Beverage Distributor Unlawfully Fired Employees Who Needed Medical Leave, Federal Agency Charged
CHICAGO – Federal District Judge John W. Darrah has signed a consent decree under which Direct Wines, Inc., formerly known as Beverage Solutions, Inc., a Lake Forest, Ill., beverage distribution company, will pay $50,000 to end a disability discrimination lawsuit filed by the U.S. Equal Employment Opportunity Commission (EEOC).
Direct Wines operates home delivery membership clubs such as Beer Across America and International Wine Club.
The EEOC charged in the suit that the company violated the Americans With Disabilities Act (ADA) by failing to accommodate Pamela Stokes and a class of disabled employees by terminating their employment because they needed medical leave. The ADA prohibits employment discrimination against people with disabilities and requires that employers provide reasonable accommodations to employees, including leaves of absence, unless it would cause an undue hardship to the employer.
According to EEOC Chicago District Director John Rowe, who supervised the federal agency’s administrative investigation of the matter, Beverage Solutions had a policy that provided that employees could only take leave between February 15 and May 15 or between July 15 and October 15, when Beverage Solutions claimed that business was slower. When Stokes requested six to eight weeks of medical leave beginning on September 20, 2006 so that she could have heart surgery, Rowe said, Beverage Solutions denied her leave request and told her that by taking leave she would be effectively resigning. Stokes underwent surgery and was released to return to work on November 20, 2006. She then contacted Beverage Solutions about coming back, but was refused.
The EEOC filed the lawsuit, captioned EEOC v. Beverage Solutions, Inc., Case No. 09 C 3829, on June 25, 2009, in the U.S. District Court for the Northern District of Illinois, Eastern Division. The case was assigned to Judge Darrah. The judge signed the consent decree February 26, 2010, and it was received today by the EEOC.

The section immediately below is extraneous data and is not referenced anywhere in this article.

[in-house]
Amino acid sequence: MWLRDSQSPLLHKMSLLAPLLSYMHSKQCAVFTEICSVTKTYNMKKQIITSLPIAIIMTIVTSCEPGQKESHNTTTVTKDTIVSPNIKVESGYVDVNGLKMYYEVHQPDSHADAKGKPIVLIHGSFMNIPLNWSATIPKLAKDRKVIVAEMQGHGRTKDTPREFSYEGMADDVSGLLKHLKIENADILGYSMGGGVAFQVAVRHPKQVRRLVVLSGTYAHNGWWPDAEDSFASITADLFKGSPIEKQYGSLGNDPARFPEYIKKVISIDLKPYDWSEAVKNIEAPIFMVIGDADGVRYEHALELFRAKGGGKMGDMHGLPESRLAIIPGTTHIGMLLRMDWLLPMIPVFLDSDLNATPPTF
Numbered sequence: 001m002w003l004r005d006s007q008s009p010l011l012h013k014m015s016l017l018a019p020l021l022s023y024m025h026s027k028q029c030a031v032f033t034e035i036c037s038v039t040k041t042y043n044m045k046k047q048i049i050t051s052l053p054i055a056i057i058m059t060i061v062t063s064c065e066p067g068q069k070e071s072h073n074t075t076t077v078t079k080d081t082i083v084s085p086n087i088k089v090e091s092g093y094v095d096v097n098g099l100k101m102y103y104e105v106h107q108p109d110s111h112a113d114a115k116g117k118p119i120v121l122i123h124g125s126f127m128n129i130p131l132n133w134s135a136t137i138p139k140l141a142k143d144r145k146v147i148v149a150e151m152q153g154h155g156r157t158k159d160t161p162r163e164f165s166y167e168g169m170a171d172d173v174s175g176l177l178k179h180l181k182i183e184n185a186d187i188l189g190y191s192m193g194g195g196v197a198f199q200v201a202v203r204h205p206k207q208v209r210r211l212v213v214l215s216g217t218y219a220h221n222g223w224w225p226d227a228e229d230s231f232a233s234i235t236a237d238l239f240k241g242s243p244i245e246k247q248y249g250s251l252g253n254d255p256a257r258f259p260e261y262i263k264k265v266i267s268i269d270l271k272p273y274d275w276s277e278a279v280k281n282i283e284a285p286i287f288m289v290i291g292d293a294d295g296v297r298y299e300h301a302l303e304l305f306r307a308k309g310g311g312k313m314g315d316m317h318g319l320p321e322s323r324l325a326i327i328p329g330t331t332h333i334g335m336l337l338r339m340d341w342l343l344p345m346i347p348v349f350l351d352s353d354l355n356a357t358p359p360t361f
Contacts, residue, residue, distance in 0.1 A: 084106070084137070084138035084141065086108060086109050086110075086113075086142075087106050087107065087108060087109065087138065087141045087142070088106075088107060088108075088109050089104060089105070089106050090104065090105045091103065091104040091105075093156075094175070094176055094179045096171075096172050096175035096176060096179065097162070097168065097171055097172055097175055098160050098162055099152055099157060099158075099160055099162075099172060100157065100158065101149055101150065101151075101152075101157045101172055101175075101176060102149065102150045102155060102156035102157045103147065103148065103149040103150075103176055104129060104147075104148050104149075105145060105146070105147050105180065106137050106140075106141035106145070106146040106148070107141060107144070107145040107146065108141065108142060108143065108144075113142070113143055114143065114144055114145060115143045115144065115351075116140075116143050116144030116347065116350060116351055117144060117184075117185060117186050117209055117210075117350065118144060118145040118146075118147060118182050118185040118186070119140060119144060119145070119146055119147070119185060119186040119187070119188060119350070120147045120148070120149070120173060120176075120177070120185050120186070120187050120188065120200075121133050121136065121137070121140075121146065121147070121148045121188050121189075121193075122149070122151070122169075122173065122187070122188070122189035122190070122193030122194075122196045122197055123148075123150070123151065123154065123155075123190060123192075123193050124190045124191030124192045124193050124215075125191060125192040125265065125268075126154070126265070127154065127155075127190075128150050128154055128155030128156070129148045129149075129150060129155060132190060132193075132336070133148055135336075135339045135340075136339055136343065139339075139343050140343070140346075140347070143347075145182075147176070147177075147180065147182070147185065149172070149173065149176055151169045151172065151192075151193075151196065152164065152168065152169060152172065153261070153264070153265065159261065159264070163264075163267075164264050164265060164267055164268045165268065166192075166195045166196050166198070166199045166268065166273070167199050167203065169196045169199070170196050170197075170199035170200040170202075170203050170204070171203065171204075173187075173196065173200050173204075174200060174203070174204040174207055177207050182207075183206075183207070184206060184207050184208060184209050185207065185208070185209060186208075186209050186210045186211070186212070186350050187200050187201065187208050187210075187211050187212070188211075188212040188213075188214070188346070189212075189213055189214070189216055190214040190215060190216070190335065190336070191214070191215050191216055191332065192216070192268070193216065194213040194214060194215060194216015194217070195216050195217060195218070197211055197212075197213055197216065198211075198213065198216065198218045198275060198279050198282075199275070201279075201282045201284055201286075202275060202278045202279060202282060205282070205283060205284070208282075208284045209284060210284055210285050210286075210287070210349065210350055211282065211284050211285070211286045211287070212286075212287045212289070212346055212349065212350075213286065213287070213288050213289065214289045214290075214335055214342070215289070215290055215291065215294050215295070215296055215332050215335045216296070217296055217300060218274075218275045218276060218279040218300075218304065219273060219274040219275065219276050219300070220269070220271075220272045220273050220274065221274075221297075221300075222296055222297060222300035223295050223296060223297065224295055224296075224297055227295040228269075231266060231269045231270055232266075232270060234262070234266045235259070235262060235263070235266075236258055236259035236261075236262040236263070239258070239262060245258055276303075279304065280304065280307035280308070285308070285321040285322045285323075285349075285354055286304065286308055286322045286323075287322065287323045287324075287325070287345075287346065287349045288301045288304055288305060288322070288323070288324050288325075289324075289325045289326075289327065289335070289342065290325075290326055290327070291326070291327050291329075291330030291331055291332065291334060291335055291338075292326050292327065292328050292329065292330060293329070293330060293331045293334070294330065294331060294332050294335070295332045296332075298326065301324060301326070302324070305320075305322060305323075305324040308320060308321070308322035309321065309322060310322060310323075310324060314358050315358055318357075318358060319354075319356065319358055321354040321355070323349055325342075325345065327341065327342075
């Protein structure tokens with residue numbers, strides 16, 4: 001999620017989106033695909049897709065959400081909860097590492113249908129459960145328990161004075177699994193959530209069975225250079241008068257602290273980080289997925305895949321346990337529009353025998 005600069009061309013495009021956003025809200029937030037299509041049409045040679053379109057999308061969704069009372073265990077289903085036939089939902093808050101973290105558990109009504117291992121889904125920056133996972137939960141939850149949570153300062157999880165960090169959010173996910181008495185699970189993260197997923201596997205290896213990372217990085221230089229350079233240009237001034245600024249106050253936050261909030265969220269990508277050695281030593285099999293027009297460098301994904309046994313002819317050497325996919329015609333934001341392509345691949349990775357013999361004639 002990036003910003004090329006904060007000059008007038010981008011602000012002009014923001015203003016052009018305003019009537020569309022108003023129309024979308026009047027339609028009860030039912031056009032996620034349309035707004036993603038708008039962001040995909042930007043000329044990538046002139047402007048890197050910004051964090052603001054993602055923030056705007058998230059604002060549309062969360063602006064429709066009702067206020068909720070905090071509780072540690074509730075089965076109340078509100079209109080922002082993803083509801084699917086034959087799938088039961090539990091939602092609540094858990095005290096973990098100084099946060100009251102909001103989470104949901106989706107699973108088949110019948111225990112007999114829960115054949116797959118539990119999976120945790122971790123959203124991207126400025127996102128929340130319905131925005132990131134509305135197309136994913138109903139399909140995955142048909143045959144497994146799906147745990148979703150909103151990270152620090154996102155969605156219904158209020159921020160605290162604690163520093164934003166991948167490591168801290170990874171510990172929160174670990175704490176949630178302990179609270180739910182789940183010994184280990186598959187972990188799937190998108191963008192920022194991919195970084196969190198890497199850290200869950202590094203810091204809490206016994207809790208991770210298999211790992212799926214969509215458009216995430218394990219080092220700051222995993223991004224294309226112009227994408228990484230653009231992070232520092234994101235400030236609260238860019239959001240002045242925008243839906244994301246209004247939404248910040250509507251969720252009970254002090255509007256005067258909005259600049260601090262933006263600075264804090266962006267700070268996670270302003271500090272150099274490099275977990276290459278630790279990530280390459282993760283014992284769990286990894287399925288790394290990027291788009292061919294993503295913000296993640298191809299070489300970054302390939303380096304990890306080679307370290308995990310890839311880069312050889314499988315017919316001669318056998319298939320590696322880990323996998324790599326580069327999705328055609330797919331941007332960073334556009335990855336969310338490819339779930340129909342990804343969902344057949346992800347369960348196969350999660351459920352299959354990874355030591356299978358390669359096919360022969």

Under the terms of the consent decree entered today, Direct Wines will pay $50,000 to Stokes and one other employee who was terminated for needing medical leave. The decree also requires that Direct Wines adopt and distribute a policy against disability discrimination and revise its leave policies to provide reasonable accommodations to employees with disabilities. In addition, the two-year decree enjoins Direct Wines from engaging in further disability discrimination or retaliation, requires that it provide annual training to its employees regarding disability discrimination and mandates that it submit periodic reports to the EEOC regarding any such complaints.
John Hendrickson, the EEOC’s regional attorney in Chicago, said, “We’re pleased that Direct Wines agreed to resolve this lawsuit without protracted litigation. Early resolutions like this one have real down-to-earth benefits.”
“In particular,” Hendrickson added, “employers aren’t spending money that could be used to grow business on suiting up lawyers to do battle. Victims of discrimination are more quickly made whole and can move on with careers. Current and future workers are – immediately and for the long term – assured their rights under federal law will be protected and respected. From our perspective at the EEOC, these are all entries on the positive side of the ledger – not only for all the parties, but for the taxpayers as well.”
Ann Henry, EEOC trial attorney, and Supervisory Trial Attorney Diane Smason were responsible for the conduct of the litigation.
Henry said, “This case should remind employers that inflexible leave policies may spell trouble under the ADA. Even if a disabled employee may not be eligible for leave under the Family Medical Leave Act, the ADA still may compel an exception to a leave policy as a reasonable accommodation. So, as with any other reasonable accommodation issue, this is not an area for knee-jerk decision making.”
The EEOC Chicago District Office is responsible for processing charges of discrimination, administrative enforcement, and the conduct of agency litigation in Illinois, Wisconsin, Minnesota, Iowa, and North and South Dakota, with Area Offices in Milwaukee and Minneapolis.
The EEOC enforces federal laws prohibiting employment discrimination. Further information about the EEOC is available on the agency’s web site at www.eeoc.gov.